Stop stop-and-search and I might start helping you | Lemn Sissay Policeman in police car sees me in my car. I see policeman seeing me in my car. Policeman sees me seeing him seeing me in car. He tails me. We play mirror tennis. He flashes his blue light. I've been stopped by the police more than 50 times between the ages of 20 and 40. It dawns that he may be wasting his own time, I've complied him into submission. Now I'm in dangerous territory, stopped by an officer of the law whose raison d'etre is to find a law being broken. For most people in England, and by "most people" I probably mean white people, driving your first car is an exciting rite of passage into adulthood. "Oi, oi! A version of this article appeared on Lemn Sissay's blog

Study: Whites Think Black People Feel Less Pain Michael Brown and Black Men - The killing of Michael Brown has tapped into something bigger than Michael Brown. Brown was the unarmed 18-year-old black man who was shot to death Saturday by a policeman in Ferguson, Mo. There are conflicting accounts of the events that led to the shooting. There is an eerie echo in it all — a sense of tragedy too often repeated. Earlier this year, the Department of Education’s Office for Civil Rights released “the first comprehensive look at civil rights from every public school in the country in nearly 15 years.” Attorney General Eric Holder, remarking on the data, said: “This critical report shows that racial disparities in school discipline policies are not only well-documented among older students, but actually begin during preschool." But, of course, this criminalization stalks these children throughout their school careers. And these disparities can have a severe impact on a child’s likelihood of graduating. Now, the snowball is rolling. It can be done.

Woman Fired from a Lingerie Company for Being Too Attractive A New York lingerie company called Native Intimates is at the center of allegations that the owners fired a young woman for being too attractive. Lauren Odes, a 29-year-old data entry worker, says that the owners of the business were unhappy with her attire and fired her for being too attractive. Only a few days into the job, she was told to wear clothing that covered more of her body, so Odes put on a pair of leggings and gray t-shirt, according to the New York Daily News. Odes claims that she wore the same style of clothing as everyone else who worked at Native Intimates, yet she appears to be the only company employee who was given such harsh treatment. Good Morning America states that Odes will be represented by Gloria Allred in the upcoming lawsuit. Odes’ case is only one example of the tensions inherent in a working culture where women’s bodies and the dress codes applied to these same bodies are constantly monitored and regulated. Related Stories:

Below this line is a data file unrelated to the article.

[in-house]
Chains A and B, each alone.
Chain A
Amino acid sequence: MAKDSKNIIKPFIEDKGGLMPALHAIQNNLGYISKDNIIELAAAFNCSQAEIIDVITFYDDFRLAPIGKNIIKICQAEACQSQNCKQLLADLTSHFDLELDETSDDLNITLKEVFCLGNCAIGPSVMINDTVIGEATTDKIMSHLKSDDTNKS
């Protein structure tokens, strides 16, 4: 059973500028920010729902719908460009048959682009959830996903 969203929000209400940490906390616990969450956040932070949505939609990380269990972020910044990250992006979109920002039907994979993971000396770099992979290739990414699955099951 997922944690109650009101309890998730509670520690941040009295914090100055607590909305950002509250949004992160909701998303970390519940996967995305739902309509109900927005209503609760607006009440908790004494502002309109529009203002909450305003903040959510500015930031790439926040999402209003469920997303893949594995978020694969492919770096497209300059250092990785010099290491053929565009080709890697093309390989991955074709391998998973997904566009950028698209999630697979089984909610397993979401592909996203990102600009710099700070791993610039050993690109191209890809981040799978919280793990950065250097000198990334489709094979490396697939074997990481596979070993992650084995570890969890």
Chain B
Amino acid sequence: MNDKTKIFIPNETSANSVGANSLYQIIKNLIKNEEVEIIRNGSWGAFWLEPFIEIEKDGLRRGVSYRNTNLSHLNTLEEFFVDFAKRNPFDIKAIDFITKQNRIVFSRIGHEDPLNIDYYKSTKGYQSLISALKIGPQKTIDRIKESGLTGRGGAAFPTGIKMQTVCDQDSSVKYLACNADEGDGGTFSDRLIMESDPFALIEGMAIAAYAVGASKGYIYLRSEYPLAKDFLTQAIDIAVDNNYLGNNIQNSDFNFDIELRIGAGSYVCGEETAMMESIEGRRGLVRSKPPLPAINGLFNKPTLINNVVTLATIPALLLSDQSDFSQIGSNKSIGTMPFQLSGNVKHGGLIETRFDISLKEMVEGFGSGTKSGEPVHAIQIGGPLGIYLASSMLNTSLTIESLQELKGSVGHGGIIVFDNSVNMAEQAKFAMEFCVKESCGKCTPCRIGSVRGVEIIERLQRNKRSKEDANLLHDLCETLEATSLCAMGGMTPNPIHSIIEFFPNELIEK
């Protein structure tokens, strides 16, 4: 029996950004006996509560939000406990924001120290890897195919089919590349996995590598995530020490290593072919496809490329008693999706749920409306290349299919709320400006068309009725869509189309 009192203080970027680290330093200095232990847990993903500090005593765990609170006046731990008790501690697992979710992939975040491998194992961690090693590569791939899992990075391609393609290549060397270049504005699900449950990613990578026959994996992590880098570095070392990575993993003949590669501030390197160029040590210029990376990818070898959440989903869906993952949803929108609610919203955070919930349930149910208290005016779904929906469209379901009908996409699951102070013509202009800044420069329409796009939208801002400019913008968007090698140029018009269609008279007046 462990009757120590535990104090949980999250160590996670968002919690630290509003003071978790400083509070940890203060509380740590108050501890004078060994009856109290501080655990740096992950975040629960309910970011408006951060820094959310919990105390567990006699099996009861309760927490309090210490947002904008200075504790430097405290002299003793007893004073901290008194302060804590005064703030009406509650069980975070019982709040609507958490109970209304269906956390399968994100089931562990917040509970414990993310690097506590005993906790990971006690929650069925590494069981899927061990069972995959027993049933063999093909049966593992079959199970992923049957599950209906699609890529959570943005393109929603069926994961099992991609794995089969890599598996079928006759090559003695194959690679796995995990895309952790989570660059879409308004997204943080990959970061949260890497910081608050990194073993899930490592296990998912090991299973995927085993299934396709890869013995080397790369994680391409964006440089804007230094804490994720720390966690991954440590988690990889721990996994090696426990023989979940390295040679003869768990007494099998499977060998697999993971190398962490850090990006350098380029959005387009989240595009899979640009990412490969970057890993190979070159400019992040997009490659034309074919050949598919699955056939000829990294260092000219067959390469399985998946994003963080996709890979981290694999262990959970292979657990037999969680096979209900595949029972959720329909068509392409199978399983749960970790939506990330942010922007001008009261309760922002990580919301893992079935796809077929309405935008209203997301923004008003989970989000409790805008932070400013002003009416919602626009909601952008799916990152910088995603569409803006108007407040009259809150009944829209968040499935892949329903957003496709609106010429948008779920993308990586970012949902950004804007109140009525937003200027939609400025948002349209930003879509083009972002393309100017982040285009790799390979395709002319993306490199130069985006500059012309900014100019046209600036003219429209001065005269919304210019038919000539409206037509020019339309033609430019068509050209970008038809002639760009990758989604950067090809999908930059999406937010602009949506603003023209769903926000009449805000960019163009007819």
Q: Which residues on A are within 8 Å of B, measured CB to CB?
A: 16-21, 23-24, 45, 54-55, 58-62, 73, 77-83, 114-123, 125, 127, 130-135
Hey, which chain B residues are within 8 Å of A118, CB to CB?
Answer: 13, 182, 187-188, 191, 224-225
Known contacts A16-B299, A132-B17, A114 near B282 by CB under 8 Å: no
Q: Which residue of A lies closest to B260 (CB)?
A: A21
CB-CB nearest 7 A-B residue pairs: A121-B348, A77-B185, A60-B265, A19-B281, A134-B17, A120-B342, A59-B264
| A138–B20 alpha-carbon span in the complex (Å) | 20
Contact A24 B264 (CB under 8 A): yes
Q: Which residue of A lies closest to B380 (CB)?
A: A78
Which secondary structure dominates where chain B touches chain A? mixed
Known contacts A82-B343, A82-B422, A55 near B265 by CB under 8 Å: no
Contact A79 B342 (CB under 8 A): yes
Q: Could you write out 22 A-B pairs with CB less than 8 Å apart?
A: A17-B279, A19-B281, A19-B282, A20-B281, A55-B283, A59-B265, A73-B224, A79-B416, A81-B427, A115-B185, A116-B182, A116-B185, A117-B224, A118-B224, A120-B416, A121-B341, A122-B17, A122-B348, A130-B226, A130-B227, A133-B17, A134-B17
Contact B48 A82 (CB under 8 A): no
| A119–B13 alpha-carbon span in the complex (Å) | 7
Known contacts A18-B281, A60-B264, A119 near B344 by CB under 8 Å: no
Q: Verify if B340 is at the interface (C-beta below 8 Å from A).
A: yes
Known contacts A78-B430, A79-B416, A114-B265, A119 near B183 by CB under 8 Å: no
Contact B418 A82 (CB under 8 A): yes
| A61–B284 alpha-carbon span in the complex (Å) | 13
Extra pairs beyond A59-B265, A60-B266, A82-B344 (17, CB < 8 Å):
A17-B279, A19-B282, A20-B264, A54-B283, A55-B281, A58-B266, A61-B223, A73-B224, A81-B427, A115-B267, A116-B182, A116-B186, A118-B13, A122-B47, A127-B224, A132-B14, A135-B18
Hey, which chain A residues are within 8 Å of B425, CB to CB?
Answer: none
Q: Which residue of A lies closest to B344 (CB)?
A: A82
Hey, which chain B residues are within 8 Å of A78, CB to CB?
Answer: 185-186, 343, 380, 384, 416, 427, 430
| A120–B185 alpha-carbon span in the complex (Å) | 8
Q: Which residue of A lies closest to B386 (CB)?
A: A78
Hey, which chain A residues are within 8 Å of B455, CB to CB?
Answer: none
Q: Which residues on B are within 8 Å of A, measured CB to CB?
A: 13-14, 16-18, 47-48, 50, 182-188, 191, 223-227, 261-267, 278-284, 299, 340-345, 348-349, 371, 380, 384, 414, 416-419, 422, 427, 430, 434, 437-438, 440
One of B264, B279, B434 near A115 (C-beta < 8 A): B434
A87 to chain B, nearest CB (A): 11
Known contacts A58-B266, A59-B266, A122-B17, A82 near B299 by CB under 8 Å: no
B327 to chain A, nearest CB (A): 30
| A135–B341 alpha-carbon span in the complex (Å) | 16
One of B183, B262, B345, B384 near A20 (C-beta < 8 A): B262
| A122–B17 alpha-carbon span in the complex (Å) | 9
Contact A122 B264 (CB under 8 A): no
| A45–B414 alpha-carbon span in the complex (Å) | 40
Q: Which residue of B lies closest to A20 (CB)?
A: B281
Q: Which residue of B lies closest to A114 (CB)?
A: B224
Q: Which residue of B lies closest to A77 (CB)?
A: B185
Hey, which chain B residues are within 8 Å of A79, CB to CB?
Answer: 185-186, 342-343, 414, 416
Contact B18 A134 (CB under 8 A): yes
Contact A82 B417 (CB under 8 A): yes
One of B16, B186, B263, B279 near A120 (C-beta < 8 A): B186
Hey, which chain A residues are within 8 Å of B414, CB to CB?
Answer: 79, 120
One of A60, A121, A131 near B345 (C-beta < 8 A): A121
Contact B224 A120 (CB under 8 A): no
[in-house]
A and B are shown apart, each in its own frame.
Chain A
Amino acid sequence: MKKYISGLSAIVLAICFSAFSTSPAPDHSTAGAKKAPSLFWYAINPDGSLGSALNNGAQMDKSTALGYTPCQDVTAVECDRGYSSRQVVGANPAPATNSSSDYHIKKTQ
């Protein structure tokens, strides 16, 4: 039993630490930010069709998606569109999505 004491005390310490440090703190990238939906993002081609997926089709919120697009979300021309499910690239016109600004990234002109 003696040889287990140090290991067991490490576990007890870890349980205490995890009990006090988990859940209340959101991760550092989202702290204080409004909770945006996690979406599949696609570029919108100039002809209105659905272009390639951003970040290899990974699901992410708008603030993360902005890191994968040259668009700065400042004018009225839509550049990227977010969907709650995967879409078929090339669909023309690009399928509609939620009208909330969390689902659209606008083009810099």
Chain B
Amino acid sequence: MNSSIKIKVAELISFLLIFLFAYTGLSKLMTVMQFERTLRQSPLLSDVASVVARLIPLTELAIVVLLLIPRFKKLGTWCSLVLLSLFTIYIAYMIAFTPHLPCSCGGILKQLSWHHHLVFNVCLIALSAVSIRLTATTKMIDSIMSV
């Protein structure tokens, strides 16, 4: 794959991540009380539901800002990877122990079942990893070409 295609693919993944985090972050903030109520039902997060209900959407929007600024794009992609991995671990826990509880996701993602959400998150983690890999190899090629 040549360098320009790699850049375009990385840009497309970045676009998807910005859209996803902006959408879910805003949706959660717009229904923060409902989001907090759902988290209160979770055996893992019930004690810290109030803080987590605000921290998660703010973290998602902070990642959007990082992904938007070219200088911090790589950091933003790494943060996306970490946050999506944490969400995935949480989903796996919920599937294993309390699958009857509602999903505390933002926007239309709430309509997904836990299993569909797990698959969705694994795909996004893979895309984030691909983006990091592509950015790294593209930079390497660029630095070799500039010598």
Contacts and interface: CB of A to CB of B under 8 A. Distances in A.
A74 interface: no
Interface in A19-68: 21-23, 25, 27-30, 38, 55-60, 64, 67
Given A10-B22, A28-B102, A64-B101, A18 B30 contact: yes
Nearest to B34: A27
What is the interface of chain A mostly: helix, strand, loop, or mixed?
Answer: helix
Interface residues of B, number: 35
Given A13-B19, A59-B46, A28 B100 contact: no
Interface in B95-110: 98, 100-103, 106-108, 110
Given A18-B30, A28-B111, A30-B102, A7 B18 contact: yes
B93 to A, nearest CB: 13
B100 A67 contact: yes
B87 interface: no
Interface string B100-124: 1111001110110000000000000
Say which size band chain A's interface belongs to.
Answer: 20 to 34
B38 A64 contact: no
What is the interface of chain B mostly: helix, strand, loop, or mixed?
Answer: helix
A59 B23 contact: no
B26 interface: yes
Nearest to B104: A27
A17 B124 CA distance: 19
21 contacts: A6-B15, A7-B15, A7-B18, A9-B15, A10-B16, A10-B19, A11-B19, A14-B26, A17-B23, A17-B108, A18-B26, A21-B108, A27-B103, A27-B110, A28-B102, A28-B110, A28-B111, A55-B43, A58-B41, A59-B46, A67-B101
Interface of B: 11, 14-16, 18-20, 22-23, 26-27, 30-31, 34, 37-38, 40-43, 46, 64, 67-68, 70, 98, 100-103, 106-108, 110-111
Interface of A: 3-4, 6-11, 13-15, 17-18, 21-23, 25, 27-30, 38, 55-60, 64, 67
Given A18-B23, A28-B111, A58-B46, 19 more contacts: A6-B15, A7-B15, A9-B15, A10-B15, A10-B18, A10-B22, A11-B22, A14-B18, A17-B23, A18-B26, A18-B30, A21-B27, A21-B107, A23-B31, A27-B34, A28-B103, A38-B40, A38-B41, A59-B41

A Tool That Maps Out Cultural Differences - David Champion by David Champion | 11:00 AM April 25, 2014 Understanding cultural differences isn’t easy, even when you’ve lived in many different countries (disclosure: I’m a Brit, grew up in Southeast Asia, lived and worked in Switzerland and the US, and now live and work in France). Just when you think you’ve got a culture nailed, something happens that your mental model hasn’t predicted. Americans, world-famous for candor and directness, struggle when it comes to giving tough feedback, even when it’s needed. Erin Meyer, an American (from Minnesota) in Paris who coaches executives in managing cross-cultural career moves and teaches at INSEAD in Fontainebleau, has a theory about these malentendus. But cultures differ along many more than three dimensions, so the more dimensions you consider, the less likely you are to trip up on a cultural paradox — you’ll be able to tell that incoming French manager to tone down critiques of his American subordinates before he upsets them.